In #USvsHate, teachers teach an “anti-hate” lesson of choice (ideally, a short series of lessons). Then, you’ll invite students to create anti-hate messages in any media for their school communities and the broader public. (See Getting Started for all instructions.)
We’ve curated offerings from a national group of partner organizations. Our lessons invite students to reject bigotry, celebrate diversity, pursue inclusion, build relationships, and explore how to counter deeper biases and injustices together to create schools and a society where all are valued.
(You don’t have to use the lessons on our website to enter our national challenges. You can build anti-hate messaging into your existing curriculum.)
We have organized #USvsHate lesson offerings into two sections below.We hope that you might go beyond a single lesson to a short series of lessons, and then, longer-term learning. (Check out Learning for Justice’s Social Justice Standards, which invite students into ongoing exploration of identity, diversity, justice and action– all key aspects of inclusive teaching in a diverse nation.)
Our two #USvsHate lesson lists follow a general #USvsHate arc.
- We refuse hateful behavior that treats any group of people as “inferior.” Bigotry, cruelty, bullying, and slurs are just not OK in school or anywhere. Instead, we celebrate diversity and learn to respect, better know, and include everyone.
- We explore ways to understand and counter the deeper biases and injustices under the hate – all the ways we have treated “types of people” as less-than in our society, or allowed folks to be so treated. (See Definitions and Concepts for more.)
- We envision the type of school and society we do want, where everyone is supported, included, and valued.
#USvsHate lessons invite students to include all in ”us” and counter harm to any of “us.” Use #USvsHate as an onramp to address the issues your students and school need you to address.
Refusing “hate” lays the groundwork for long-term work embracing inclusion and justice for all.
These lessons help build inclusive relationships, start to challenge stereotypes, and explore overarching issues of empathy, bias, bullying, and ally behavior. Start here, especially if the people in your group don’t know each other well.
A student-requested section, Saying No to Words That Hurt, will help give students the chance to discuss recent experiences with bigotry, exclusion, or disrespect, and to envision schools and a society where these do not happen.
These lessons build a stronger foundation to explore and counter specific forms of hate, bias, and injustice needing attention in specific communities and the nation, and to envision schools and a society where all are supported instead.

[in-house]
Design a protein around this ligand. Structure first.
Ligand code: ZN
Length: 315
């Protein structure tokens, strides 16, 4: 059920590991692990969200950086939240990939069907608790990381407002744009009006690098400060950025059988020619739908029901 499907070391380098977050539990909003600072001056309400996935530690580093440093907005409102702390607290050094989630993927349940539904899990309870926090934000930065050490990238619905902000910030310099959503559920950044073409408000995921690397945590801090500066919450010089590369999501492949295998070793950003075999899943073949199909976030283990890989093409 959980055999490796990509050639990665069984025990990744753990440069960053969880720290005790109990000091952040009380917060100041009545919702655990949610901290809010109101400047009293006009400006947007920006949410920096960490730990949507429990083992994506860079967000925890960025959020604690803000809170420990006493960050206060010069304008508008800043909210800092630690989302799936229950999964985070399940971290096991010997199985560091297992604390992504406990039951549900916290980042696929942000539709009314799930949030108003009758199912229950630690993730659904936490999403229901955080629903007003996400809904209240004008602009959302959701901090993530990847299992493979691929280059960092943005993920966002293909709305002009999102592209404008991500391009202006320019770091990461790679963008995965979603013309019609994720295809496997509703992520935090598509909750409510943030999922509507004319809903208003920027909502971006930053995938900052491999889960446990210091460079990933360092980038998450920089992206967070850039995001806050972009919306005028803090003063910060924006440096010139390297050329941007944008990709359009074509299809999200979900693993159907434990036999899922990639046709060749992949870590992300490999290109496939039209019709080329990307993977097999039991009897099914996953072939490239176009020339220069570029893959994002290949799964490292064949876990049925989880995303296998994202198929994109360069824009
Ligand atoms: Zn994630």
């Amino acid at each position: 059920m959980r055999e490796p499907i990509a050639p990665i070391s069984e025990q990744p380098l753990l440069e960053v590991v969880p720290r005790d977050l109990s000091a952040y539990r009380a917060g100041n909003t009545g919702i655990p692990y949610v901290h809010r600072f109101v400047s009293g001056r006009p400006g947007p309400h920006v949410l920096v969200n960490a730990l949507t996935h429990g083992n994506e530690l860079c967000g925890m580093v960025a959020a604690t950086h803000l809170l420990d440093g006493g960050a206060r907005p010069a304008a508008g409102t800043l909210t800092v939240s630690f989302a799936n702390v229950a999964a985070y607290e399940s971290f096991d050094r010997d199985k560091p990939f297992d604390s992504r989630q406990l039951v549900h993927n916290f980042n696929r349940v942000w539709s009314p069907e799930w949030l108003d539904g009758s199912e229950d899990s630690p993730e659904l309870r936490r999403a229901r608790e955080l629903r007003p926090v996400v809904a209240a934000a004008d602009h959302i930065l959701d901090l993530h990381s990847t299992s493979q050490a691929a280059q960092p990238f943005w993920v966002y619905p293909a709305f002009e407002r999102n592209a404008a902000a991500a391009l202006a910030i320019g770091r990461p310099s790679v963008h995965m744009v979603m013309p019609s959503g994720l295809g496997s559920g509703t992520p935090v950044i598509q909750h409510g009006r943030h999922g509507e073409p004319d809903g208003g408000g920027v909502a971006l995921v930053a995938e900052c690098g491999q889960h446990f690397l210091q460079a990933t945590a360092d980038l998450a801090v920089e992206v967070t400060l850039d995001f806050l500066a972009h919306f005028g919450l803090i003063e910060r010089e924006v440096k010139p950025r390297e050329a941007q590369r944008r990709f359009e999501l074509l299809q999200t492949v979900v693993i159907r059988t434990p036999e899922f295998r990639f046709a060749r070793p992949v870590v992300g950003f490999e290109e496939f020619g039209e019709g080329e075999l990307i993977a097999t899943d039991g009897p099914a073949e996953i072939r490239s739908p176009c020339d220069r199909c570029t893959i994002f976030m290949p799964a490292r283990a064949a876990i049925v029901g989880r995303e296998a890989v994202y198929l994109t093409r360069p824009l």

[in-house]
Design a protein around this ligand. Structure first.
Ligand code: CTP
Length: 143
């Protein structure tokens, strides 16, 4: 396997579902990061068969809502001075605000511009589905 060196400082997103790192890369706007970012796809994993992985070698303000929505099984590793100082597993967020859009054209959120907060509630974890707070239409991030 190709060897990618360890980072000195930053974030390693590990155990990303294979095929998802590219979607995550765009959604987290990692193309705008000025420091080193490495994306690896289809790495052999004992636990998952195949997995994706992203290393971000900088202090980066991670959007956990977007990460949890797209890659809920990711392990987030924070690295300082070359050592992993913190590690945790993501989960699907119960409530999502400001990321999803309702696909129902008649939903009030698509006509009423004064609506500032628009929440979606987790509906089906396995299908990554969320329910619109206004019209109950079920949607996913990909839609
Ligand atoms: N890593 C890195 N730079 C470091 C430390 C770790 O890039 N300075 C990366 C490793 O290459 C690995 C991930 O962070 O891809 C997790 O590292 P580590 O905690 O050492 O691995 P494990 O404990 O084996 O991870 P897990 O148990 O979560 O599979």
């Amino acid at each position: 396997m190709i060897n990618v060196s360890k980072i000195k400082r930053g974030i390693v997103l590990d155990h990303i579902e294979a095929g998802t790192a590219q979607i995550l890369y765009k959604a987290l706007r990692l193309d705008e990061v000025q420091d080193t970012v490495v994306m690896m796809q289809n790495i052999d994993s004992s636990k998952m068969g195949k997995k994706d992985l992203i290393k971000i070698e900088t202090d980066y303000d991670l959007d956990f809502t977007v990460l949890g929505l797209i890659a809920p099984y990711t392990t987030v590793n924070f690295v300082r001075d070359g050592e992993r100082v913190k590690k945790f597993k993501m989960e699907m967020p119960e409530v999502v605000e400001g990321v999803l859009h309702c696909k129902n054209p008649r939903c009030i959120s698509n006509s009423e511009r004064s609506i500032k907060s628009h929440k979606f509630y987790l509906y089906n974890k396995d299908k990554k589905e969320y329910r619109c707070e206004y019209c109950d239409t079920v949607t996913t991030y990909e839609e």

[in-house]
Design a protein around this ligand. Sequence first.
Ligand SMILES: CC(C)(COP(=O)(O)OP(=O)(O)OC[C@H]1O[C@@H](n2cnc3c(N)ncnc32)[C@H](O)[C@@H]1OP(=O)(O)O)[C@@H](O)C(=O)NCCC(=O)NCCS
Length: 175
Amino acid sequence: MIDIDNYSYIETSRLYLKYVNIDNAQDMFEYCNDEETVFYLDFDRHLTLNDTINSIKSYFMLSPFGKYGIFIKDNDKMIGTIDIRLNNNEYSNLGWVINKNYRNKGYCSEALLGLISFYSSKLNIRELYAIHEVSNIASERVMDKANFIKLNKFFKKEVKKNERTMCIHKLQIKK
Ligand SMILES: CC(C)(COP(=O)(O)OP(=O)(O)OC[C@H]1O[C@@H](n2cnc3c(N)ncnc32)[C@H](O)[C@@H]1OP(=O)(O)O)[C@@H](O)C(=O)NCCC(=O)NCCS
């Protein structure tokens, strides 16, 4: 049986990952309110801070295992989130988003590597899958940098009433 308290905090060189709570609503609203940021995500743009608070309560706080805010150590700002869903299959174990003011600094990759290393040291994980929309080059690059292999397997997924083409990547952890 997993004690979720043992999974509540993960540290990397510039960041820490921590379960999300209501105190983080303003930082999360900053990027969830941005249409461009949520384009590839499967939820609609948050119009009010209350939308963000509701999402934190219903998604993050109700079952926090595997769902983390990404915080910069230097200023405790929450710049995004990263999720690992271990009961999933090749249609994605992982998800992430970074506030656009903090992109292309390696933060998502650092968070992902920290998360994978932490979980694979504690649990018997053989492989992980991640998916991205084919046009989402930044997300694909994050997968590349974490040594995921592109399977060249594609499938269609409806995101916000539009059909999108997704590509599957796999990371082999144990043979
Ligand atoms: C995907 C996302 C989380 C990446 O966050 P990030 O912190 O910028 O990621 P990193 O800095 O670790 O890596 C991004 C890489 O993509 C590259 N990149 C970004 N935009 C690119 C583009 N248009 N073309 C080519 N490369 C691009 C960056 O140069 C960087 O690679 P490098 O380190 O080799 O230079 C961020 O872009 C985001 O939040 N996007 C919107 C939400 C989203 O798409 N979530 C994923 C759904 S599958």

Choose lessons to fit your school’s needs, your curriculum, your preparation, and your student relationships. Incorporate these lessons into your deeper ongoing exploration of texts and ideas. Treat this as one step on a longer learning journey equipping yourself and your students on the issues raised.
We have lots of PD resources to help you get ready, too. See Definitions and Concepts for background information on “hate” and “anti-hate.” See Tools for Productive Anti-Hate Dialogues and our quick #USvsHate Dialogue strategies to prepare for conversations, including setting norms.
#USvsHate lays the foundation for long-term inquiry and action embracing inclusion and justice for all. Join the #Schooltalking Facebook community for ongoing support, and follow the partner organizations below.
ABOUT OUR LESSONS
We asked a national group of participating organizations to share one or more “top” lessons designed to spark a classroom dialogue refusing hate and pursuing inclusion and justice in our diverse society. These include Learning for Justice, Facing History and Ourselves, the Anti-Defamation League, the Bully Project, the Human Rights Campaign’s Welcoming Schools, the American Federation of Teachers, including the AFT’s “Share My Lesson,” Zinn Education Project/Rethinking Schools, Teaching for Change, the National Education Association, the National Association for Multicultural Education, GLSEN, the Morningside Center for Teaching Social Responsibility, Not In Our Town/Not In Our School, the New York Times Learning Network, and Woven Teaching, as well as #Schooltalking, the first supporter of the #USvsHate project.
Learn more with our contributing organizations via ongoing resources and trainings.